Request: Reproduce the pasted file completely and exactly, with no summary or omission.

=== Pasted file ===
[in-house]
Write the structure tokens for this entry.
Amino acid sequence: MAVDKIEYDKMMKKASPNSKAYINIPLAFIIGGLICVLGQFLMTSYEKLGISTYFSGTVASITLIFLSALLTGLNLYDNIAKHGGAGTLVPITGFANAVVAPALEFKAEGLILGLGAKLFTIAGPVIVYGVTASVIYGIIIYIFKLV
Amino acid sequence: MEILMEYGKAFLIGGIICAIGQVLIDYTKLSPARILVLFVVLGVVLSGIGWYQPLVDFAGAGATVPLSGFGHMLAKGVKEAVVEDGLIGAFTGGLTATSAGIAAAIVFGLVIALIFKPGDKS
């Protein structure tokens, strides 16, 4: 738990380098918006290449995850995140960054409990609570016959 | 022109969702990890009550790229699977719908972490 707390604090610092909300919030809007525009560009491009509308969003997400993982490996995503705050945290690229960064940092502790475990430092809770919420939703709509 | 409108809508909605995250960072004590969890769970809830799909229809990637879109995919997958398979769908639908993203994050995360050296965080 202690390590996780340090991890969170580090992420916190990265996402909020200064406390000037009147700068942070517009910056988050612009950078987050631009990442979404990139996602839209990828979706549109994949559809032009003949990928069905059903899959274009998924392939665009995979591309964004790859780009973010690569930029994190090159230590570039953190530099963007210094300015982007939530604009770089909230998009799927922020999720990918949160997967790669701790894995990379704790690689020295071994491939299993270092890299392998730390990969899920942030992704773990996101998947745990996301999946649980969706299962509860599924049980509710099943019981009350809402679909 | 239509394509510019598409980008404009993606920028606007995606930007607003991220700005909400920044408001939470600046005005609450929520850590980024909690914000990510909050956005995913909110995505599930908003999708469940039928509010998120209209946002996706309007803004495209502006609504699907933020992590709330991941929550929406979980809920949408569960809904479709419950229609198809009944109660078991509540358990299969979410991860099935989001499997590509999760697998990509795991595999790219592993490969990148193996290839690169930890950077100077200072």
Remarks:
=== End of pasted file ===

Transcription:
[in-house]
Write the structure tokens for this entry.
Amino acid sequence: MAVDKIEYDKMMKKASPNSKAYINIPLAFIIGGLICVLGQFLMTSYEKLGISTYFSGTVASITLIFLSALLTGLNLYDNIAKHGGAGTLVPITGFANAVVAPALEFKAEGLILGLGAKLFTIAGPVIVYGVTASVIYGIIIYIFKLV
Amino acid sequence: MEILMEYGKAFLIGGIICAIGQVLIDYTKLSPARILVLFVVLGVVLSGIGWYQPLVDFAGAGATVPLSGFGHMLAKGVKEAVVEDGLIGAFTGGLTATSAGIAAAIVFGLVIALIFKPGDKS
């Protein structure tokens, strides 16, 4: 738990380098918006290449995850995140960054409990609570016959 | 022109969702990890009550790229699977719908972490 707390604090610092909300919030809007525009560009491009509308969003997400993982490996995503705050945290690229960064940092502790475990430092809770919420939703709509 | 409108809508909605995250960072004590969890769970809830799909229809990637879109995919997958398979769908639908993203994050995360050296965080 202690390590996780340090991890969170580090992420916190990265996402909020200064406390000037009147700068942070517009910056988050612009950078987050631009990442979404990139996602839209990828979706549109994949559809032009003949990928069905059903899959274009998924392939665009995979591309964004790859780009973010690569930029994190090159230590570039953190530099963007210094300015982007939530604009770089909230998009799927922020999720990918949160997967790669701790894995990379704790690689020295071994491939299993270092890299392998730390990969899920942030992704773990996101998947745990996301999946649980969706299962509860599924049980509710099943019981009350809402679909 | 239509394509510019598409980008404009993606920028606007995606930007607003991220700005909400920044408001939470600046005005609450929520850590980024909690914000990510909050956005995913909110995505599930908003999708469940039928509010998120209209946002996706309007803004495209502006609504699907933020992590709330991941929550929406979980809920949408569960809904479709419950229609198809009944109660078991509540358990299969979410991860099935989001499997590509999760697998990509795991595999790219592993490969990148193996290839690169930890950077100077200072």
Remarks: